Did you know the real estate sector is responsible for 40% of global carbon dioxide emissions (CO2)?
The built environment is behind these emissions, but a property’s impact continues after construction. Various factors contribute to the carbon emissions of a property, from energy consumed to waste produced.
Accurately assessing the carbon footprint (i.e. the amount of greenhouse gases, or GHG, generated by a property) is important for a number of reasons. Not only does doing so help establish baseline numbers (for working towards reducing energy consumption), meet increasingly intensive ESG reporting demands, and increase the likelihood of reaching sustainability objectives, but it can also help improve a portfolio’s performance.
A portfolio’s valuation can be significantly impacted by measuring and managing its energy consumption. Money may be saved through energy optimisation projects, and it can easily become more attractive for buyers who are starting to prioritise greener investments.
In this article, we’ll walk you through a carbon footprint assessment of properties and explain its importance for reducing energy consumption and identifying emission sources.
Three primary sources of property emissions and how to measure them
The primary sources of property emissions need to be measured individually and as accurately as possible in order to determine their impact on the environment. Remember that most sources are directly linked with consumption by whoever is in the property – the number of people using the property essentially contributes to the emissions via these sources, whether a residential building or an office complex.
Here are three primary sources of carbon emissions in real estate:
The main contributor of GHG emissions in a property is energy. The amount of energy used and the source are essential for calculating an accurate carbon dioxide footprint.
For instance, clean energy sources, such as solar or wind, produce little to no emissions, positively impacting a property’s carbon footprint. On the contrary, the carbon footprint would be significantly higher if a property relies on energy produced by fossil fuels (e.g., coal-fired power stations feeding into the electricity grid or diesel/petrol generators).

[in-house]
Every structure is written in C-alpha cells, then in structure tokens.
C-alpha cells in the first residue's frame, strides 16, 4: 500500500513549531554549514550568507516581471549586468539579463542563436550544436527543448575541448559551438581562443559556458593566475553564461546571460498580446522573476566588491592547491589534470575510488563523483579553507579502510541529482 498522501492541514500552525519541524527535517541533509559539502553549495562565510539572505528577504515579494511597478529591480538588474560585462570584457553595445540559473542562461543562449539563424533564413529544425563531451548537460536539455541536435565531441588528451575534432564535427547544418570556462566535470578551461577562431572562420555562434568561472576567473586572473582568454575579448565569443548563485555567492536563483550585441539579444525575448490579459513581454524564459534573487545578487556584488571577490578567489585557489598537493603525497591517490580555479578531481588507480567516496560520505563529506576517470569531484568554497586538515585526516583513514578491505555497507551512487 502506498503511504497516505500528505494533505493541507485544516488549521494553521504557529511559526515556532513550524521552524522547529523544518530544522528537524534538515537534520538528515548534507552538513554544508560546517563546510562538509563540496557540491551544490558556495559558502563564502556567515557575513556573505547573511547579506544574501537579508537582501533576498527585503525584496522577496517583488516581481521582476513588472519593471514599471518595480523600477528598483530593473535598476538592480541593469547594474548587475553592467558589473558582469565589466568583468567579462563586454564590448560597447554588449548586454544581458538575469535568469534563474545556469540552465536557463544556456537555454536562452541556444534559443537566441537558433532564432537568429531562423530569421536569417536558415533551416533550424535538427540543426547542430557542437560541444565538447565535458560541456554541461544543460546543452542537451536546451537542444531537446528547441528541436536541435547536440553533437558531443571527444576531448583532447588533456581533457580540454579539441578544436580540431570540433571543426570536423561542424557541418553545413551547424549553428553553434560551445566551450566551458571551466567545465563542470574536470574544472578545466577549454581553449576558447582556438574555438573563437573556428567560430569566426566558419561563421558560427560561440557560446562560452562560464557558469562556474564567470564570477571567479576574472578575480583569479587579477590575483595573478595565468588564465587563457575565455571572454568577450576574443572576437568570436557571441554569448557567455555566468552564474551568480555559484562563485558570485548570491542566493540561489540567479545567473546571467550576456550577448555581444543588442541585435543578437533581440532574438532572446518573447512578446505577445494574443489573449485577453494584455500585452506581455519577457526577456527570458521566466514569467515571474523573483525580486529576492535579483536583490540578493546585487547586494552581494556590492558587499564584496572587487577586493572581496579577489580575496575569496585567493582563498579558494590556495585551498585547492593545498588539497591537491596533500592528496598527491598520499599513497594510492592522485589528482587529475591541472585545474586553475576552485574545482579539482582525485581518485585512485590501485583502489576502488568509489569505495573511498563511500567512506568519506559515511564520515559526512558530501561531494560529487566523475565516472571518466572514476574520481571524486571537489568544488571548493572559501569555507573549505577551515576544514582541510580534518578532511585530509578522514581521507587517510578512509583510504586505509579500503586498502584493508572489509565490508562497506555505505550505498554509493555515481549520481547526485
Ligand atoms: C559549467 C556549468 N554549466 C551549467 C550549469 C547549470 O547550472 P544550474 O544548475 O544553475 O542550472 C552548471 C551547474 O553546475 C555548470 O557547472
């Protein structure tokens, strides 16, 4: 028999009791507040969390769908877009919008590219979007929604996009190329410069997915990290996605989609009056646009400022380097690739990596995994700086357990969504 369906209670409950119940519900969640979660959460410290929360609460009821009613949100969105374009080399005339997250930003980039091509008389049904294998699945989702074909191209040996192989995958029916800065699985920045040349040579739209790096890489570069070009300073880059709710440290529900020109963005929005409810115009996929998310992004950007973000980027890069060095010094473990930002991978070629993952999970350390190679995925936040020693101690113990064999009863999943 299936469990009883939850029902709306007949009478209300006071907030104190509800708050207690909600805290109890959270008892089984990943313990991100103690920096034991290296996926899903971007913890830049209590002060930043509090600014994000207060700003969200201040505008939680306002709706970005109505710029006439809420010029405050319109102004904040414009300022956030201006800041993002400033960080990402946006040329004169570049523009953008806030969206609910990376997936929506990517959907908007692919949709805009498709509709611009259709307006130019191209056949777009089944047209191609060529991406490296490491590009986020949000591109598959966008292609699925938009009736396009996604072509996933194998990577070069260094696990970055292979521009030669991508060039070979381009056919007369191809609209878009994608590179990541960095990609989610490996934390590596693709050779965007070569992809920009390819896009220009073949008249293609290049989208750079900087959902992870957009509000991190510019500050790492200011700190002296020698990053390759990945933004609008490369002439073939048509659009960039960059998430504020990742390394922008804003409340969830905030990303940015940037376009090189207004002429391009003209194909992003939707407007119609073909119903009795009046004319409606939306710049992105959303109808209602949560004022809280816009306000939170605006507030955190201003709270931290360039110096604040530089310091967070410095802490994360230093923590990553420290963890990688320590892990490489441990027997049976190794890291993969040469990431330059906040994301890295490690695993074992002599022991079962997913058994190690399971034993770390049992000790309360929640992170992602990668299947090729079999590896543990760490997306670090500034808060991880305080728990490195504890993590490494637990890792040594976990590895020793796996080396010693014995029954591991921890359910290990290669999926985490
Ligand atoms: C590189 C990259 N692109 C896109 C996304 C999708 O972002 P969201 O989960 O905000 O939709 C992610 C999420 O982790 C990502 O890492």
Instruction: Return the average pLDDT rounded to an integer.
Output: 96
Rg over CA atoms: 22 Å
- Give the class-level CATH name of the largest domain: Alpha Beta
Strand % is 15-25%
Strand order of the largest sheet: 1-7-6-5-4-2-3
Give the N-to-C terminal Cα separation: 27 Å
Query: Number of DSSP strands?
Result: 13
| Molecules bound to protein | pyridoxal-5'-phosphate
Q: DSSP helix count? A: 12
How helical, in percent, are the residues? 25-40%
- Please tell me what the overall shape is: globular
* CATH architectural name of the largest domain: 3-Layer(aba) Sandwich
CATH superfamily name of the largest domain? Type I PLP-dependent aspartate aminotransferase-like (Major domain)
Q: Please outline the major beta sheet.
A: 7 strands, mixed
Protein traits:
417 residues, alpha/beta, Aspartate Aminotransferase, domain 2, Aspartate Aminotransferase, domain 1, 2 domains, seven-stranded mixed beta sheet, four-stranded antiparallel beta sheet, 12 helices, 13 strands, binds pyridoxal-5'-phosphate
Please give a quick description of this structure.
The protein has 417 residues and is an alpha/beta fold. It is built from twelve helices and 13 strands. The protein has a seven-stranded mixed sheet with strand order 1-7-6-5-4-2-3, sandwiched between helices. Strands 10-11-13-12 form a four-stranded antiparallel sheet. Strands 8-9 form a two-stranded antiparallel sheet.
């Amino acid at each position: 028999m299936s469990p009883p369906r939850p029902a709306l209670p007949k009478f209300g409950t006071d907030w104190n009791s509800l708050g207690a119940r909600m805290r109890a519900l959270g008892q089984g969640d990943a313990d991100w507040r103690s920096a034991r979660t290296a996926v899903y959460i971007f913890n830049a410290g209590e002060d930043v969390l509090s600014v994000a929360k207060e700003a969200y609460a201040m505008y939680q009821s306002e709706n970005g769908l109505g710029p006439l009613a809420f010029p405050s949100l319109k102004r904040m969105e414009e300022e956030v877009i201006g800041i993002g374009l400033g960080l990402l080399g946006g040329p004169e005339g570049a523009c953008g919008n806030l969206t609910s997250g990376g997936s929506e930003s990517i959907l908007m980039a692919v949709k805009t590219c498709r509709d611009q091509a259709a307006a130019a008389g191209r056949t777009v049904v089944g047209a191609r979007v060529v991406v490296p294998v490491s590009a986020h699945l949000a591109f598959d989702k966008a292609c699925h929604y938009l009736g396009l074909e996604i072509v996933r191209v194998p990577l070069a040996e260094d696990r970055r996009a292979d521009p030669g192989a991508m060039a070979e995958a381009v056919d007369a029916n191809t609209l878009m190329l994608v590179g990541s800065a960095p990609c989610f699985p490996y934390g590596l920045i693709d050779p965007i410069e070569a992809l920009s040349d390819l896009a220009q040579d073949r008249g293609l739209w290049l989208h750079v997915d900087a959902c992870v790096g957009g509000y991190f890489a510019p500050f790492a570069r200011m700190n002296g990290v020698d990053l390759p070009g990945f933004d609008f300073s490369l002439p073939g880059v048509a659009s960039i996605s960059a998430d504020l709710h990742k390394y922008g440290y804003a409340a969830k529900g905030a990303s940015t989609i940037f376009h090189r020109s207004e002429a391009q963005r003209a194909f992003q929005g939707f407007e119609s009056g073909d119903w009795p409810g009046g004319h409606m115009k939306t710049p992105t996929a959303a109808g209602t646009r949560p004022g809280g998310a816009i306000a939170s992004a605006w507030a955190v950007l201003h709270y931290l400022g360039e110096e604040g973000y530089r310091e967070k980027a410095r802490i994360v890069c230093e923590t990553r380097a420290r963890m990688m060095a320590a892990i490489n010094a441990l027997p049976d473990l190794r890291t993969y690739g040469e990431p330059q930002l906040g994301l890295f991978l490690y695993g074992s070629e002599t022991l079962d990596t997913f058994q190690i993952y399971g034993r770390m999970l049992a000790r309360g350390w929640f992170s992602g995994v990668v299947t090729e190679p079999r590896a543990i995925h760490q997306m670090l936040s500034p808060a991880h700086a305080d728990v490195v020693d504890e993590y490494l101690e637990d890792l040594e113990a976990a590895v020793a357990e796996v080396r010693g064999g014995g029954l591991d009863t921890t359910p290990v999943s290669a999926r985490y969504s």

Depending on the location, utility companies allow consumers to connect to metres to collect data about consumption, and some utility companies use smart metres that offer detailed insights into energy use.
In places where utility companies or regulations do not allow consumers to connect to a metre, the information from utility bills must be used to calculate carbon emissions. These utility bills typically mention the consumption for the period, which can be entered into a carbon emissions calculator to find the exact value.
For one property, it’s no big deal. But when you’ve got multiple properties and/or multiple portfolios, things get pretty tedious.
Like electricity, water consumption also contributes to a property’s carbon footprint. Consider this: Denmark contributed to approximately 143,000 tonnes of CO2 equivalents in 2019 from wastewater, according to a 2021 report. Thankfully, efforts are underway to reduce this number to 55,000 tonnes of CO2 equivalent by 2030.
Like with electricity, water consumption in a property depends on the number of people using it; some properties may use more water than others for maintenance or business activities. For example, a commercial building used by a manufacturing company may report a higher water consumption due to their water-hungry CNC machines.
The best way to calculate emissions from water usage is to measure the actual consumption. This can be achieved by directly collecting data from the building’s water meter or viewing the utility bill
Waste is another source of emissions by a property. Unlike energy and water, it can be challenging to calculate the exact emissions generated through waste. The reason is that most waste management services work on a flat-fee structure in many cities and regions worldwide.